So naturally you’ll want to know how to level up your hero. Nowhere in the game does it explain that you level up a hero by defeating a monster of equal or greater level. And what happens when you level up? Nowhere in the game does it explain that you get an extra heart of health and that higher level gear is now available when you defeat a monster. It’s not even clear that gear itself doesn’t give you cards. Instead, gear gives you skills; skills give you cards. It’s a bit confusing that upgrading from a stick to a scimitar gives you two new cards, but upgrading from a fork to a scimitar only gives you one new card because a fork and a scimitar both give you blade skills.

You can eventually figure these things out, and it’s a really cool system. But why not explain those things — also known as “how to play” — during the game? They’re worth knowing.


This system of resetting the hero for every dungeon means a couple of important things. It means dying is not a big deal, as a character is really only a class (which in turn is only a base health, a special ability, and a set of starting cards that you don’t get to see for some reason). Your veteran character who’s beat ten dungeons is always going to begin every dungeon at level one with an empty inventory, and therefore nothing to distinguish her from a character who has beaten zero dungeons. Fair enough. Not every rogue-like needs persistent leveled heroes.

It also means there’s no penalty for trying a new type of hero. They play differently enough, tapping into a few clear concise concepts when you fight battles. If the dungeon building is the main pillar of gameplay, these battles are the second pillar. They’re simple, quick, and wonderfully transparent, with ample tooltips and a detailed combat log. Everything Guild of Dungeoneering does wrong at the dungeon level it does right at the battle level. This is a wonderful little battle system, snappy and addictive and almost single-handedly capable of moving the game along.

But the third pillar of gameplay is the unlockable stuff represented by rooms in your guild (“This is the guild of dungeoneering, something something never fearing”). You buy these rooms, which unlock new classes, new groups of cards, and new abilities you can combine with your classes for a little mix ‘n match variety. And here’s where the game starts to lose me even once I’ve resigned myself to having only a rough idea where my hero is going to move in a dungeon.


It’s gratifying enough to unlock a blacksmith or magic shop that throws new cards into the mix. Ho ho ho, now I have an owl familiar. Well, I will when I find one in a dungeon. Not to mention an eyeball charm, a fez, doom plate armor, and whatever a mind staff is. I’m sure my alchemist will synergize smartly with a mind staff. And it’s certainly gratifying to unlock new passive abilities and more powerful versions of your old abilities. Why, yes, I would like an extra card in my hand at the beginning of every battle. I would like a wider of choice of gear when I win a battle. I would like an extra heart of health and whatever cards I get with the Holy skill.

But when it comes to unlocking types of heroes, Guild of Dungeoneering starts to fall apart for how it affects the rest of the game. For starters, you can’t replay any of the dungeons. You can only move ahead to the next one. I suppose the thinking is that you never have to grind. But would grinding be any worse than the current situation, where you’re replaying the same dungeon over and over and earning only a pittance for losing it? What’s worse, grinding, or being unable to get any traction at all?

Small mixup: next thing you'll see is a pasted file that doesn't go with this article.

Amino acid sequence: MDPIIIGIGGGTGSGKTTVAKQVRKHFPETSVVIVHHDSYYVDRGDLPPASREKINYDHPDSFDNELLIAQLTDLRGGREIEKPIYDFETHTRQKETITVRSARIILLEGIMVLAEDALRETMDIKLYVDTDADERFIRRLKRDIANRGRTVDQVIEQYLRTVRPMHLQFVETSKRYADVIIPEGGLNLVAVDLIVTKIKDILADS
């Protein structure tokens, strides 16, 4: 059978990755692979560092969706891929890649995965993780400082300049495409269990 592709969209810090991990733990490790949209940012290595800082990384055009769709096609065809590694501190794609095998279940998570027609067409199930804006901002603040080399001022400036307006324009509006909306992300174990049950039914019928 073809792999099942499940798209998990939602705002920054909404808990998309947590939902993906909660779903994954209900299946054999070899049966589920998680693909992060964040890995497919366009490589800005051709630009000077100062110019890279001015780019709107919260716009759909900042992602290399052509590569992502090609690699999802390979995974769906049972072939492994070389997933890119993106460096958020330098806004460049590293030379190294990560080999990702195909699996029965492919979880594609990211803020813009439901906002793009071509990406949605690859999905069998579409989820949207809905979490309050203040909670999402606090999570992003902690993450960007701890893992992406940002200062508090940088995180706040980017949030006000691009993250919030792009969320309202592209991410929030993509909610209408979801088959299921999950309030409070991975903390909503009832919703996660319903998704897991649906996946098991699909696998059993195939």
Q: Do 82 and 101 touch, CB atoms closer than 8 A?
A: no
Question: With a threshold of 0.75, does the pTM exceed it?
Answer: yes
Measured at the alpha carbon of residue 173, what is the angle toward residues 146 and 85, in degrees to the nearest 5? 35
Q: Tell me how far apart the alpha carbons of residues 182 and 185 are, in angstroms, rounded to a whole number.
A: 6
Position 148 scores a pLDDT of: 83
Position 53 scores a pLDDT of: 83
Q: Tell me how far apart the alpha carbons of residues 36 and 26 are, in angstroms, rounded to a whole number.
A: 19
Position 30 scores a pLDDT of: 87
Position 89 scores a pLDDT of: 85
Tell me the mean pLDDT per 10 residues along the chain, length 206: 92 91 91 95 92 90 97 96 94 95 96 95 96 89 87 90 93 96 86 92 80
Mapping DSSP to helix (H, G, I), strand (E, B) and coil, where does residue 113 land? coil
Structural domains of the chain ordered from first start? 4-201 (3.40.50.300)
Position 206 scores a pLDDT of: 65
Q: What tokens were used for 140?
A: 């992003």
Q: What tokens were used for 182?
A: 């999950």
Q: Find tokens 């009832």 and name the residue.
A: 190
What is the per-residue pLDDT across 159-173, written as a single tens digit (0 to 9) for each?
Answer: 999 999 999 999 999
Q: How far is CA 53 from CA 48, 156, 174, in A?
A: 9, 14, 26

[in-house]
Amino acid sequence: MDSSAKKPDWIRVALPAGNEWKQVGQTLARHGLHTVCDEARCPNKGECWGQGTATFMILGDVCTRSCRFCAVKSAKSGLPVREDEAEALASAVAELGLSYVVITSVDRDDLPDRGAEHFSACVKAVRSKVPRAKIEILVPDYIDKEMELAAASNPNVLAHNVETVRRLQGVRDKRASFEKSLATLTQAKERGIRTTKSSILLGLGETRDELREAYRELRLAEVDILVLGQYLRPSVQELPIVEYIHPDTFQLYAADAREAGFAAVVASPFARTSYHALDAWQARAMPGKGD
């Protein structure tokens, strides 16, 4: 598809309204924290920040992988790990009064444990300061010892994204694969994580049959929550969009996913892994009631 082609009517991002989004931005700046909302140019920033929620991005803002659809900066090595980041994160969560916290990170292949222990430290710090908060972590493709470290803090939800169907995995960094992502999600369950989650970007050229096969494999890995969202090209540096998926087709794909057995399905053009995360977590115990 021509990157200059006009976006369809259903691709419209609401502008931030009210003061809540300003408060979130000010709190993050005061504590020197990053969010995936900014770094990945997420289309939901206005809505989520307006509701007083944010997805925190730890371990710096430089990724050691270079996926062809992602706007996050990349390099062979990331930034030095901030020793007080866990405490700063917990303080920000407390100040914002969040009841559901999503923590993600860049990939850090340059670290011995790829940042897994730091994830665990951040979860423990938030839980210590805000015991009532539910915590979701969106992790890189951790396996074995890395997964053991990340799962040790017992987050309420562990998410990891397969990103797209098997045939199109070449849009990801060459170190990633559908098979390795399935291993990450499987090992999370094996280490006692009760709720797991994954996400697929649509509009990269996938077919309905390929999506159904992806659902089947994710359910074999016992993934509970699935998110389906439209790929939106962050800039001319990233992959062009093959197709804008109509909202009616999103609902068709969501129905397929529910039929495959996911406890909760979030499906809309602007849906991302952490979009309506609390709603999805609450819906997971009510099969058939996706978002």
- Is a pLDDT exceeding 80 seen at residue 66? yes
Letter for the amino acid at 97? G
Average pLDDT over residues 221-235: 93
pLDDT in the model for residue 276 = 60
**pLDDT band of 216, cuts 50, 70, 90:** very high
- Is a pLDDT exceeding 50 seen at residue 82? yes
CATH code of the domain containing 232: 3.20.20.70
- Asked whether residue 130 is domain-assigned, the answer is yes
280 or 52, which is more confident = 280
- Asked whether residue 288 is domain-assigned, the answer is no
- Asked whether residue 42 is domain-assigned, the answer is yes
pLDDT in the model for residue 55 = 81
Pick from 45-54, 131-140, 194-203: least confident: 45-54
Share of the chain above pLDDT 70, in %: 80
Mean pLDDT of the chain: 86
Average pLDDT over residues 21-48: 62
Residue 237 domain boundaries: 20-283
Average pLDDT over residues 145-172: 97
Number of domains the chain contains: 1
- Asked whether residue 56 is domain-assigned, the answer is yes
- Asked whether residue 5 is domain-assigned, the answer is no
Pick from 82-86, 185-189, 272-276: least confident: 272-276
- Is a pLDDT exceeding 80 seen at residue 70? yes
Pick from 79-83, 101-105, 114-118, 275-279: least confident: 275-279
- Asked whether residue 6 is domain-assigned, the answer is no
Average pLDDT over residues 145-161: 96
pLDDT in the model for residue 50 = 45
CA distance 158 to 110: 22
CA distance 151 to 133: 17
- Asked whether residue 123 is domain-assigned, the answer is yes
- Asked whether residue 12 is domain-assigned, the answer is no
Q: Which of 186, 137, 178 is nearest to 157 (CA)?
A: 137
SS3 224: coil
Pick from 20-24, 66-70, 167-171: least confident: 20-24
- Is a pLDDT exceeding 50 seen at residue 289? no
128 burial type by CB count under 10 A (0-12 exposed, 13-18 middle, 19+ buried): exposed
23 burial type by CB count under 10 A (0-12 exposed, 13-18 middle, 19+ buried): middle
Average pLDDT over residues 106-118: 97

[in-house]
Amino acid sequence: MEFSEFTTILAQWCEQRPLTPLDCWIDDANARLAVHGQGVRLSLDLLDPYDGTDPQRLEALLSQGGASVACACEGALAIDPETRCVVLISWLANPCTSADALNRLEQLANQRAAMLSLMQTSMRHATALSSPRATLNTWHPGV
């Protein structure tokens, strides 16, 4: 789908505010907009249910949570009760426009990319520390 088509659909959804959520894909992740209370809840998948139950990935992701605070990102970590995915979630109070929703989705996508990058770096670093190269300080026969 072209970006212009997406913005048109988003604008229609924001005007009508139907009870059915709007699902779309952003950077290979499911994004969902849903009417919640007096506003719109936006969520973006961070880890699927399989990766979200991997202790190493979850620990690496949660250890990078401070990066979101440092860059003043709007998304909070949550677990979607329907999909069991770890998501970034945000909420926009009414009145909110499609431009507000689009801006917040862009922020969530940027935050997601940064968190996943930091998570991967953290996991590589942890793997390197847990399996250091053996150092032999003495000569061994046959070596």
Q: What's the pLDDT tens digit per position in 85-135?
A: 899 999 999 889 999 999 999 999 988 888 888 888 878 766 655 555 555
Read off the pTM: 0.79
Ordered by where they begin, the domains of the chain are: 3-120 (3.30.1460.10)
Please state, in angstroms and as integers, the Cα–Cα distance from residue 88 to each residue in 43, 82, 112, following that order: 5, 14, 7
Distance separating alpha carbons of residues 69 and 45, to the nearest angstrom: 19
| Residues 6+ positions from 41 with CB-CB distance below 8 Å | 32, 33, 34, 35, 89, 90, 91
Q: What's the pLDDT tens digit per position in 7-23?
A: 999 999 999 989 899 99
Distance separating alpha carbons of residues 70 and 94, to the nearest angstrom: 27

The hero progression isn’t really progression so much as obsolescence. There are three tiers of unlockables, and once you unlock a tier two hero, all your tier ones fall dramatically behind in the power curve. Because there’s no character persistence, and because a class can’t be upgraded, you no longer have any reason to play with other characters. Say hello to your new ranger and say goodbye forever to the cat burglar, bruiser, mime, and apprentice. You knew the tier zero chump you start with was going to be obsoleted. Did you know it would happen to everyone else you unlocked?

At this point, the dungeons you have yet to play become trivially easy. Instead of throwing up difficulty spikes, Guild of Dungeoneering tumbles into difficulty chasms when you unlock the next tier of hero. Once you realize this, you might as well hoard your gold to save up for any class of the next higher tier. You’ll have to buy a certain number of upgrades before you can move up a tier, but consider it part of the cost. It feels as if there was little thought given to how to keep the guild upgrades relevant.

Which would be okay if there was any replayability built into the game. For instance, maybe next time you’ll go with the mathemagician (the classes are as precious as the artwork). These new heroes are a joy to discover, but the game doesn’t give you any incentive to explore them. Without a new game plus mode or even difficulty options, Guild of Dungeoneering feels very once-and-done. This is a terrible way for a rogue-like to feel. Just as the lack of documentation and tuning is a terrible thing to do to such a clever, addicting, and charmingly presented concept like this. If there’s one thing worse than not telling me how to play your game, it’s revealing to me I no longer need to play it once I’ve figured it out. Sadly, that’s the case with Guild of Dungeoneering.

But, hey, at least we’ll always have the soundtrack. “This is the guild of dungeoneering, something something never fearing…” I’ll be humming that pretty much from now until forever.

  • Guild of Dungeoneering

  • Rating:

  • PC
  • Guild of Dungeoneering is a turn-based dungeon crawler with a twist: instead of controlling the hero you build the dungeon around him. Using cards drawn from your Guild decks you lay down rooms, monsters, traps and of course loot! Meaningful documentation not included.